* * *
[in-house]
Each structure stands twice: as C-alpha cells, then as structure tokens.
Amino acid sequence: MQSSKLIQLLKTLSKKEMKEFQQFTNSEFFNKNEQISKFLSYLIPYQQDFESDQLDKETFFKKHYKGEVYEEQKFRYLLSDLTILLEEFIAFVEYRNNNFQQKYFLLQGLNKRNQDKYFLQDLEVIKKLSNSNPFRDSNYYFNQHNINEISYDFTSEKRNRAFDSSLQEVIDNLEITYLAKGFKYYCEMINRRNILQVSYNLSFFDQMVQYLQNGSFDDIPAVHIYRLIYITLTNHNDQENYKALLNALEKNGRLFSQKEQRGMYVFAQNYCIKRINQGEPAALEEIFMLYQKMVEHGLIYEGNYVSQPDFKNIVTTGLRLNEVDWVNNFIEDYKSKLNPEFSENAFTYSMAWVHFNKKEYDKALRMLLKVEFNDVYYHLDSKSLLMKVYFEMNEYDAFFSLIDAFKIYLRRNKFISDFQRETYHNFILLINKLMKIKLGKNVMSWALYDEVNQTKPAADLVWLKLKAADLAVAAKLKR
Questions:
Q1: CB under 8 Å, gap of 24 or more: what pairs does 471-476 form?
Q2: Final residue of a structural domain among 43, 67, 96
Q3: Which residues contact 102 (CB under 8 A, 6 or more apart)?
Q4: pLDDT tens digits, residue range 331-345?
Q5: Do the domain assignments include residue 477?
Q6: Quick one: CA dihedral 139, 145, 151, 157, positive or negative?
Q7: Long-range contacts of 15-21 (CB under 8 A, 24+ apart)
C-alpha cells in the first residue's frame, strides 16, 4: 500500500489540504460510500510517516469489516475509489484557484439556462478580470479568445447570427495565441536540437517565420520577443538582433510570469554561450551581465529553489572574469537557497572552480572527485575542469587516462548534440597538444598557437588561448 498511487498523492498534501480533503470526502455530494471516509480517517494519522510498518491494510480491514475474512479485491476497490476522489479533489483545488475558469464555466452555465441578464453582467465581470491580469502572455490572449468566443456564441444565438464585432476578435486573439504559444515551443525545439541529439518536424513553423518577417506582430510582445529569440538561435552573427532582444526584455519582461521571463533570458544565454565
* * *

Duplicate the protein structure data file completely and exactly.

[in-house]
Each structure stands twice: as C-alpha cells, then as structure tokens.
Amino acid sequence: MQSSKLIQLLKTLSKKEMKEFQQFTNSEFFNKNEQISKFLSYLIPYQQDFESDQLDKETFFKKHYKGEVYEEQKFRYLLSDLTILLEEFIAFVEYRNNNFQQKYFLLQGLNKRNQDKYFLQDLEVIKKLSNSNPFRDSNYYFNQHNINEISYDFTSEKRNRAFDSSLQEVIDNLEITYLAKGFKYYCEMINRRNILQVSYNLSFFDQMVQYLQNGSFDDIPAVHIYRLIYITLTNHNDQENYKALLNALEKNGRLFSQKEQRGMYVFAQNYCIKRINQGEPAALEEIFMLYQKMVEHGLIYEGNYVSQPDFKNIVTTGLRLNEVDWVNNFIEDYKSKLNPEFSENAFTYSMAWVHFNKKEYDKALRMLLKVEFNDVYYHLDSKSLLMKVYFEMNEYDAFFSLIDAFKIYLRRNKFISDFQRETYHNFILLINKLMKIKLGKNVMSWALYDEVNQTKPAADLVWLKLKAADLAVAAKLKR
Questions:
Q1: CB under 8 Å, gap of 24 or more: what pairs does 471-476 form?
Q2: Final residue of a structural domain among 43, 67, 96
Q3: Which residues contact 102 (CB under 8 A, 6 or more apart)?
Q4: pLDDT tens digits, residue range 331-345?
Q5: Do the domain assignments include residue 477?
Q6: Quick one: CA dihedral 139, 145, 151, 157, positive or negative?
Q7: Long-range contacts of 15-21 (CB under 8 A, 24+ apart)
C-alpha cells in the first residue's frame, strides 16, 4: 500500500489540504460510500510517516469489516475509489484557484439556462478580470479568445447570427495565441536540437517565420520577443538582433510570469554561450551581465529553489572574469537557497572552480572527485575542469587516462548534440597538444598557437588561448 498511487498523492498534501480533503470526502455530494471516509480517517494519522510498518491494510480491514475474512479485491476497490476522489479533489483545488475558469464555466452555465441578464453582467465581470491580469502572455490572449468566443456564441444565438464585432476578435486573439504559444515551443525545439541529439518536424513553423518577417506582430510582445529569440538561435552573427532582444526584455519582461521571463533570458544565454565